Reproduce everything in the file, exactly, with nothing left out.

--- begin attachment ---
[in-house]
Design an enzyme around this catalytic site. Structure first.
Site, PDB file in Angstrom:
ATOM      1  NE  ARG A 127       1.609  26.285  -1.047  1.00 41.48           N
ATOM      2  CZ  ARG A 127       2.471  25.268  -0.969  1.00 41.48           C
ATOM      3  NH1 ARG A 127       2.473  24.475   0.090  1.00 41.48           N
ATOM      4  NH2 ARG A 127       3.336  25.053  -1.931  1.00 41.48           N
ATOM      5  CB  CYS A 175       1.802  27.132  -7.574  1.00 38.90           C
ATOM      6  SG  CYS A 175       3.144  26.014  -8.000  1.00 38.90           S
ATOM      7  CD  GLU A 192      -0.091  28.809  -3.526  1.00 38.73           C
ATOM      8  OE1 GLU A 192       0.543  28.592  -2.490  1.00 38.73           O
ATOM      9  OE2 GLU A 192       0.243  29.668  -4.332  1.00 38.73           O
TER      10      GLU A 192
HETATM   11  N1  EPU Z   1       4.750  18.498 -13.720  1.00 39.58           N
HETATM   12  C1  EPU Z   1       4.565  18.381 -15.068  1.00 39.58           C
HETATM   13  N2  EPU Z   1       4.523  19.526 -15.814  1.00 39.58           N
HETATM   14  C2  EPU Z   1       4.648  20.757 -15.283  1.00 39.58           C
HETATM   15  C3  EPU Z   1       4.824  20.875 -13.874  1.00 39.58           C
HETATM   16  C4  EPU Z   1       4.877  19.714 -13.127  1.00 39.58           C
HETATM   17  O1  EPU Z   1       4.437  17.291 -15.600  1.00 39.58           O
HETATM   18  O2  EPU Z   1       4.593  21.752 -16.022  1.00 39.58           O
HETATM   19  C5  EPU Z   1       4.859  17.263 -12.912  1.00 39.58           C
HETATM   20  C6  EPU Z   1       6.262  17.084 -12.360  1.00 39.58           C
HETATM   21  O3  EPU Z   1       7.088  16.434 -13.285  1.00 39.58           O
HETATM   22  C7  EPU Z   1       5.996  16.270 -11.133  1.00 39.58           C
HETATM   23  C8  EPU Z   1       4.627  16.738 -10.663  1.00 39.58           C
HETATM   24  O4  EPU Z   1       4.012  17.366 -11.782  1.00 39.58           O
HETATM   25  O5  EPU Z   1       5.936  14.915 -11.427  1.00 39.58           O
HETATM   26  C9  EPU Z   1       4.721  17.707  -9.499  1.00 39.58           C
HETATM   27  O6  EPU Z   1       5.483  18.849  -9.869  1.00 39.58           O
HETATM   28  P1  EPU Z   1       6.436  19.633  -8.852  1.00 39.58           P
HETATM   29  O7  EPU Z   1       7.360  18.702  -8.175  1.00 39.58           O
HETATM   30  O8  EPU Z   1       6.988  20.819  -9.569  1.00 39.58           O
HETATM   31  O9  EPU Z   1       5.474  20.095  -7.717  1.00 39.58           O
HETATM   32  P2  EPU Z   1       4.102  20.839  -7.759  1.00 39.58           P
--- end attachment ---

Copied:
[in-house]
Design an enzyme around this catalytic site. Structure first.
Site, PDB file in Angstrom:
ATOM      1  NE  ARG A 127       1.609  26.285  -1.047  1.00 41.48           N
ATOM      2  CZ  ARG A 127       2.471  25.268  -0.969  1.00 41.48           C
ATOM      3  NH1 ARG A 127       2.473  24.475   0.090  1.00 41.48           N
ATOM      4  NH2 ARG A 127       3.336  25.053  -1.931  1.00 41.48           N
ATOM      5  CB  CYS A 175       1.802  27.132  -7.574  1.00 38.90           C
ATOM      6  SG  CYS A 175       3.144  26.014  -8.000  1.00 38.90           S
ATOM      7  CD  GLU A 192      -0.091  28.809  -3.526  1.00 38.73           C
ATOM      8  OE1 GLU A 192       0.543  28.592  -2.490  1.00 38.73           O
ATOM      9  OE2 GLU A 192       0.243  29.668  -4.332  1.00 38.73           O
TER      10      GLU A 192
HETATM   11  N1  EPU Z   1       4.750  18.498 -13.720  1.00 39.58           N
HETATM   12  C1  EPU Z   1       4.565  18.381 -15.068  1.00 39.58           C
HETATM   13  N2  EPU Z   1       4.523  19.526 -15.814  1.00 39.58           N
HETATM   14  C2  EPU Z   1       4.648  20.757 -15.283  1.00 39.58           C
HETATM   15  C3  EPU Z   1       4.824  20.875 -13.874  1.00 39.58           C
HETATM   16  C4  EPU Z   1       4.877  19.714 -13.127  1.00 39.58           C
HETATM   17  O1  EPU Z   1       4.437  17.291 -15.600  1.00 39.58           O
HETATM   18  O2  EPU Z   1       4.593  21.752 -16.022  1.00 39.58           O
HETATM   19  C5  EPU Z   1       4.859  17.263 -12.912  1.00 39.58           C
HETATM   20  C6  EPU Z   1       6.262  17.084 -12.360  1.00 39.58           C
HETATM   21  O3  EPU Z   1       7.088  16.434 -13.285  1.00 39.58           O
HETATM   22  C7  EPU Z   1       5.996  16.270 -11.133  1.00 39.58           C
HETATM   23  C8  EPU Z   1       4.627  16.738 -10.663  1.00 39.58           C
HETATM   24  O4  EPU Z   1       4.012  17.366 -11.782  1.00 39.58           O
HETATM   25  O5  EPU Z   1       5.936  14.915 -11.427  1.00 39.58           O
HETATM   26  C9  EPU Z   1       4.721  17.707  -9.499  1.00 39.58           C
HETATM   27  O6  EPU Z   1       5.483  18.849  -9.869  1.00 39.58           O
HETATM   28  P1  EPU Z   1       6.436  19.633  -8.852  1.00 39.58           P
HETATM   29  O7  EPU Z   1       7.360  18.702  -8.175  1.00 39.58           O
HETATM   30  O8  EPU Z   1       6.988  20.819  -9.569  1.00 39.58           O
HETATM   31  O9  EPU Z   1       5.474  20.095  -7.717  1.00 39.58           O
HETATM   32  P2  EPU Z   1       4.102  20.839  -7.759  1.00 39.58           P